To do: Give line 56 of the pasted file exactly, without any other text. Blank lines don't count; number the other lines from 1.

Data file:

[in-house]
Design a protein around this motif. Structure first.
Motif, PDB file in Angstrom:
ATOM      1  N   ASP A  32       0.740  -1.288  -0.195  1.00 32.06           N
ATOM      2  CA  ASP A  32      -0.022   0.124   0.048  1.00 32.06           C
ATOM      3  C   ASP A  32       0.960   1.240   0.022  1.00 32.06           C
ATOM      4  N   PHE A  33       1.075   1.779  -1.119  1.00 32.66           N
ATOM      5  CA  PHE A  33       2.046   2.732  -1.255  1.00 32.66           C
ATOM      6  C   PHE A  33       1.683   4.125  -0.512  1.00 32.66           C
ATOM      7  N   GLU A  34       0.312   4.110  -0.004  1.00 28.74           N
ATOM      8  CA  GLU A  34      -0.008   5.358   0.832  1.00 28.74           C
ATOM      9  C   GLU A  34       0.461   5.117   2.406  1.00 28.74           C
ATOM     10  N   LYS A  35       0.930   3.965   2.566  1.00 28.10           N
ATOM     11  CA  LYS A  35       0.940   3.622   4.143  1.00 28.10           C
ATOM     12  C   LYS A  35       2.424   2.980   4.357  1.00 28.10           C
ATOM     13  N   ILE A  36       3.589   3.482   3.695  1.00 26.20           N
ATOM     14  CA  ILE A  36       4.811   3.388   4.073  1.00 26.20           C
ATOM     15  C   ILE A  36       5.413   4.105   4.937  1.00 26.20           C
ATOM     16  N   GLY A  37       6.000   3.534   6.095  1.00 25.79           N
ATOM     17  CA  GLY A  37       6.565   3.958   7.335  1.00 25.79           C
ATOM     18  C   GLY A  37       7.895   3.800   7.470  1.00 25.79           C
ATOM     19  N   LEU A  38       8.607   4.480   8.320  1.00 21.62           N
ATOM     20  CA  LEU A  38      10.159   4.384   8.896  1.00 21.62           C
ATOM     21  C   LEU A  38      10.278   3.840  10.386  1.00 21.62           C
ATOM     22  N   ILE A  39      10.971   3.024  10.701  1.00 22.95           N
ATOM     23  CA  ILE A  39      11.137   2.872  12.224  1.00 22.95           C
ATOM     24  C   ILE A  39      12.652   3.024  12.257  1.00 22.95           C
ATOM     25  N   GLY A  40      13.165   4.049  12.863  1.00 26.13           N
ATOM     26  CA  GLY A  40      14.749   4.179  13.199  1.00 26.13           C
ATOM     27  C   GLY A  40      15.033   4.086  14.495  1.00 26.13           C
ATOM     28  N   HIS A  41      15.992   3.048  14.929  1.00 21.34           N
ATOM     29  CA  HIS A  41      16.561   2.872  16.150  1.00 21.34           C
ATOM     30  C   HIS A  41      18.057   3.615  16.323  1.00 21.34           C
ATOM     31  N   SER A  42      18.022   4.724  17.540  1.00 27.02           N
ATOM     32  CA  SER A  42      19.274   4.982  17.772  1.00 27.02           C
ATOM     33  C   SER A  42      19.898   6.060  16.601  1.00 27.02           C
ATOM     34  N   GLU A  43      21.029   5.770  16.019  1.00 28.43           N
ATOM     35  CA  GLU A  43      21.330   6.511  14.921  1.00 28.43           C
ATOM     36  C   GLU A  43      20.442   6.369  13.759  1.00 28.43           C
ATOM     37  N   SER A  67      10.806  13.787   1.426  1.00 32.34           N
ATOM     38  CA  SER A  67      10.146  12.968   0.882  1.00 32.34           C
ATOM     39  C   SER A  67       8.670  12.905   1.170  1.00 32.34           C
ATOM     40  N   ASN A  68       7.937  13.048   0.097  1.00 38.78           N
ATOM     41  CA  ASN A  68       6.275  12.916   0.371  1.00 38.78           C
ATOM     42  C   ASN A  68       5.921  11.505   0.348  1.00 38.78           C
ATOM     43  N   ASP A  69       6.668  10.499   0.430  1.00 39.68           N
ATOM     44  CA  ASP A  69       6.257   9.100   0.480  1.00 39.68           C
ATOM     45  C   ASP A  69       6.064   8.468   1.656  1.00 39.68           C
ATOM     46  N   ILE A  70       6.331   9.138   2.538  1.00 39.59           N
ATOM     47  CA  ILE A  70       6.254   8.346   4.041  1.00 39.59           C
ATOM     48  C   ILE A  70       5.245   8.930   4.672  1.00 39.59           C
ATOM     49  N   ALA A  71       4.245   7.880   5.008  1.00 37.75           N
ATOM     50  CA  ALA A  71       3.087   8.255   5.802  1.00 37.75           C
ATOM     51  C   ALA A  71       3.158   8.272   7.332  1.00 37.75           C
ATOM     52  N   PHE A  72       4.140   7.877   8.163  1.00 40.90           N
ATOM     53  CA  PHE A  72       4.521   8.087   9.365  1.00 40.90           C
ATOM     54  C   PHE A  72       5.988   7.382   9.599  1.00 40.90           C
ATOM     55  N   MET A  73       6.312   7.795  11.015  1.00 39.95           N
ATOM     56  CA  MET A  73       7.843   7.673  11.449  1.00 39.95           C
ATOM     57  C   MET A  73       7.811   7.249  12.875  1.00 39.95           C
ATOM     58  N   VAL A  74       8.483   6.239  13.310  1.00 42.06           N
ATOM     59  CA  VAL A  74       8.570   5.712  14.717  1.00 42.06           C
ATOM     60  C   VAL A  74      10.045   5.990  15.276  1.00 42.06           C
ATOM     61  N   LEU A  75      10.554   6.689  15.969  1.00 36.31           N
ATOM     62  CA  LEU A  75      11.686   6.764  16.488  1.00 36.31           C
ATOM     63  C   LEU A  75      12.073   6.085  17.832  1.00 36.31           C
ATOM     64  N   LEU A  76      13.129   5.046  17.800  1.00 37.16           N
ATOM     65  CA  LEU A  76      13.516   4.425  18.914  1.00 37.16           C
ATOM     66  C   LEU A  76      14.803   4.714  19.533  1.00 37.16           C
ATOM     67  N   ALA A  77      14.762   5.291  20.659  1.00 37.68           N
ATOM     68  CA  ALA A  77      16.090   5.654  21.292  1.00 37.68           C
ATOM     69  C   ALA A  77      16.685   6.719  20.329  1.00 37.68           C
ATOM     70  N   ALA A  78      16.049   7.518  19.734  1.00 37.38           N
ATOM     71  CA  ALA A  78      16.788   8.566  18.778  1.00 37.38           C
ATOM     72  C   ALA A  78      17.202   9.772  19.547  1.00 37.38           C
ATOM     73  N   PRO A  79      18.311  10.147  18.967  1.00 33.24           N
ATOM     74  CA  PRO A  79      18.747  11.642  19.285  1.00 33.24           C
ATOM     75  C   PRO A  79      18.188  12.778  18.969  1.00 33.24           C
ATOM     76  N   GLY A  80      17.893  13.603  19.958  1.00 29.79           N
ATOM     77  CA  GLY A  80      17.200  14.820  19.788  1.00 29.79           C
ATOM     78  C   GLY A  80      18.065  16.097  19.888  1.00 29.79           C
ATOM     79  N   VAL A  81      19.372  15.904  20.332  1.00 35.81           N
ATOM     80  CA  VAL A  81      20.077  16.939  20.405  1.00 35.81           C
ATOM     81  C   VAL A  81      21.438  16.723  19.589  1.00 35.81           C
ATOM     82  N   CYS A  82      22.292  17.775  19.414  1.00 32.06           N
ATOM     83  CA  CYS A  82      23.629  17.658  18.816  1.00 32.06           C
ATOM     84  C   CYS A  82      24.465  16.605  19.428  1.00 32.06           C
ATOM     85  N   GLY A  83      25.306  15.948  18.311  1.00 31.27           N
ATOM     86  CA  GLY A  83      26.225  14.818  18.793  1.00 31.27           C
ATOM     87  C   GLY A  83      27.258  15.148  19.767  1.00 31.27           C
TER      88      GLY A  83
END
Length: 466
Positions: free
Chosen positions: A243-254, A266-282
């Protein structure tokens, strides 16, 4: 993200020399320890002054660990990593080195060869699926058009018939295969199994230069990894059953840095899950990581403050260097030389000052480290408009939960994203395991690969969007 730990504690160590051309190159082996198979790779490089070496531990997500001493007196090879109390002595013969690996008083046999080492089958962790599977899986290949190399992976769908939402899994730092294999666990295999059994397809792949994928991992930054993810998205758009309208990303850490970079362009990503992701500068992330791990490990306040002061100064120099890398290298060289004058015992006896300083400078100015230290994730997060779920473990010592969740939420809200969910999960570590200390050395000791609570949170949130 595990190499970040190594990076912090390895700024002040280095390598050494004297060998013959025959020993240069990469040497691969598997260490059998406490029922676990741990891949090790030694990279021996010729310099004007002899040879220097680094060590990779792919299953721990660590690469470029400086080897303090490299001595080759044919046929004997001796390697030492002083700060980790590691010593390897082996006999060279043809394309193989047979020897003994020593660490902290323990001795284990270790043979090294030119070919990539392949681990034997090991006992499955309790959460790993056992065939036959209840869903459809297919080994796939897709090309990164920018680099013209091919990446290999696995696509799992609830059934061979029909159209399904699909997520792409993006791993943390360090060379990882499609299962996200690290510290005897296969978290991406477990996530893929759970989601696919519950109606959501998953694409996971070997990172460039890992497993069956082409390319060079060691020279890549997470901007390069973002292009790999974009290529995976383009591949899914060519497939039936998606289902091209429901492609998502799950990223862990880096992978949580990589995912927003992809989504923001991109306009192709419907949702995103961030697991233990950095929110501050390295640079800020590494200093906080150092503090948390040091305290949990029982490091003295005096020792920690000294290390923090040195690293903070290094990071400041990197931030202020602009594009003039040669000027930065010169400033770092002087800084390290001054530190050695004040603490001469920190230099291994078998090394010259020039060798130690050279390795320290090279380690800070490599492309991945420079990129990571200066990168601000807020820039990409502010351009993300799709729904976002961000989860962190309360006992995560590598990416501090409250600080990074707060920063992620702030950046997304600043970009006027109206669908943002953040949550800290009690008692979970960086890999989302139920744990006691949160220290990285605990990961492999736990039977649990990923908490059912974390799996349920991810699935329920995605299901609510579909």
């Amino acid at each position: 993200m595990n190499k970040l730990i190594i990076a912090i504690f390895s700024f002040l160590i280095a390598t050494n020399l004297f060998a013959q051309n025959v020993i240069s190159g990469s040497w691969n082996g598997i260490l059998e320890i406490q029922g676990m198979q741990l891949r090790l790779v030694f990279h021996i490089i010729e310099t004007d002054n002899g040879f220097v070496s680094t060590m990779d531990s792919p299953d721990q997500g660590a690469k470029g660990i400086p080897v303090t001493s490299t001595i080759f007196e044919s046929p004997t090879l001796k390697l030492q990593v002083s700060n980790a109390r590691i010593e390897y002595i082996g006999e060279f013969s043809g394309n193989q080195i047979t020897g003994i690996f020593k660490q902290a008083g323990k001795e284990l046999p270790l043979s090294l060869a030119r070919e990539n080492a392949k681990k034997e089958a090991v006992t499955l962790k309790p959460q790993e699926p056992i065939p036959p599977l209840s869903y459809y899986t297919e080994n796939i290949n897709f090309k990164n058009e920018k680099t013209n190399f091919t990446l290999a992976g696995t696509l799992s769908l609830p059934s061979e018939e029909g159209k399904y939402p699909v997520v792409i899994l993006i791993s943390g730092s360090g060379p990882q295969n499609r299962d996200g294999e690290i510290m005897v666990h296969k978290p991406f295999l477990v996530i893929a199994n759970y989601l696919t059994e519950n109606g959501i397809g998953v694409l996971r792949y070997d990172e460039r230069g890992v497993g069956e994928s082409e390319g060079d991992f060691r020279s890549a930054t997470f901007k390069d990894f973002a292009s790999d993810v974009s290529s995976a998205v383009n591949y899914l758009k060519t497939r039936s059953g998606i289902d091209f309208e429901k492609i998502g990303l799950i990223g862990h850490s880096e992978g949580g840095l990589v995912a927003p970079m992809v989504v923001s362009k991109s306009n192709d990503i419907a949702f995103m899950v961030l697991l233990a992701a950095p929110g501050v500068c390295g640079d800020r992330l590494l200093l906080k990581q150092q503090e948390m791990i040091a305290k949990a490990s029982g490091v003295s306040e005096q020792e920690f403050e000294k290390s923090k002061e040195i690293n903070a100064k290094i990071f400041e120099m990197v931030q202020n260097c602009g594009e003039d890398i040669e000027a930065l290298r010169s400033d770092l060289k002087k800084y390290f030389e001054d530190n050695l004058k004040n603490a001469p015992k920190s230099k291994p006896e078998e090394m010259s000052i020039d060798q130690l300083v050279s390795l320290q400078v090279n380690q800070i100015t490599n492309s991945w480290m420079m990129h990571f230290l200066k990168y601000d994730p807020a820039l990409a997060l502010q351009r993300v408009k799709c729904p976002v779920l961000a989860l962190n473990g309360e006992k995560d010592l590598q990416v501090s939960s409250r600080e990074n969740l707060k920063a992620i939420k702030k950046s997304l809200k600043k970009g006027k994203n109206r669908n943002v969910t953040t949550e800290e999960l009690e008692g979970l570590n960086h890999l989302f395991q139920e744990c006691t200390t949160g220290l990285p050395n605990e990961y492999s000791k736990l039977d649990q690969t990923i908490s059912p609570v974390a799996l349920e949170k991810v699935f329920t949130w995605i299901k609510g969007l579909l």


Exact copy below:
ATOM     53  CA  PHE A  72       4.521   8.087   9.365  1.00 40.90           C